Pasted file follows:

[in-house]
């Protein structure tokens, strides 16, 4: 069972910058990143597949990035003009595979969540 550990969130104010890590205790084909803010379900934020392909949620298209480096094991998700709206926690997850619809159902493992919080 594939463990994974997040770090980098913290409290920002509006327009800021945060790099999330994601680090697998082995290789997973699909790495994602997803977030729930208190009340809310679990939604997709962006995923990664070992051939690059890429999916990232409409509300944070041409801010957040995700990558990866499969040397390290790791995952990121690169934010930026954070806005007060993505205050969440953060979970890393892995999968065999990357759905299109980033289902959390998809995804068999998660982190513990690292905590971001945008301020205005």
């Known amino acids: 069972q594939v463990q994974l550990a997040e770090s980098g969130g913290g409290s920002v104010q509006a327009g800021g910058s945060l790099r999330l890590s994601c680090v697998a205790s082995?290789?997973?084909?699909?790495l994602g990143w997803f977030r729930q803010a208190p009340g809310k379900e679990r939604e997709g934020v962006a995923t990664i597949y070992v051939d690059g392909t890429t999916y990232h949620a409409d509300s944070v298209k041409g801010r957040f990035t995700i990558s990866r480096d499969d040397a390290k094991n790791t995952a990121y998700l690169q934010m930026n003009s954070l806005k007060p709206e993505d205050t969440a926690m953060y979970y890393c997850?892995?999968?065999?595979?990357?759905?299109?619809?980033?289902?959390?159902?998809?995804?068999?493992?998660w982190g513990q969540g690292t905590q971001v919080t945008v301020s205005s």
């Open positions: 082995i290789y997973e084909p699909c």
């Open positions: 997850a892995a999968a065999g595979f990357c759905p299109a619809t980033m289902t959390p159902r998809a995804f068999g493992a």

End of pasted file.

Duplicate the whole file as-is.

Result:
[in-house]
């Protein structure tokens, strides 16, 4: 069972910058990143597949990035003009595979969540 550990969130104010890590205790084909803010379900934020392909949620298209480096094991998700709206926690997850619809159902493992919080 594939463990994974997040770090980098913290409290920002509006327009800021945060790099999330994601680090697998082995290789997973699909790495994602997803977030729930208190009340809310679990939604997709962006995923990664070992051939690059890429999916990232409409509300944070041409801010957040995700990558990866499969040397390290790791995952990121690169934010930026954070806005007060993505205050969440953060979970890393892995999968065999990357759905299109980033289902959390998809995804068999998660982190513990690292905590971001945008301020205005």
């Known amino acids: 069972q594939v463990q994974l550990a997040e770090s980098g969130g913290g409290s920002v104010q509006a327009g800021g910058s945060l790099r999330l890590s994601c680090v697998a205790s082995?290789?997973?084909?699909?790495l994602g990143w997803f977030r729930q803010a208190p009340g809310k379900e679990r939604e997709g934020v962006a995923t990664i597949y070992v051939d690059g392909t890429t999916y990232h949620a409409d509300s944070v298209k041409g801010r957040f990035t995700i990558s990866r480096d499969d040397a390290k094991n790791t995952a990121y998700l690169q934010m930026n003009s954070l806005k007060p709206e993505d205050t969440a926690m953060y979970y890393c997850?892995?999968?065999?595979?990357?759905?299109?619809?980033?289902?959390?159902?998809?995804?068999?493992?998660w982190g513990q969540g690292t905590q971001v919080t945008v301020s205005s």
């Open positions: 082995i290789y997973e084909p699909c």
């Open positions: 997850a892995a999968a065999g595979f990357c759905p299109a619809t980033m289902t959390p159902r998809a995804f068999g493992a």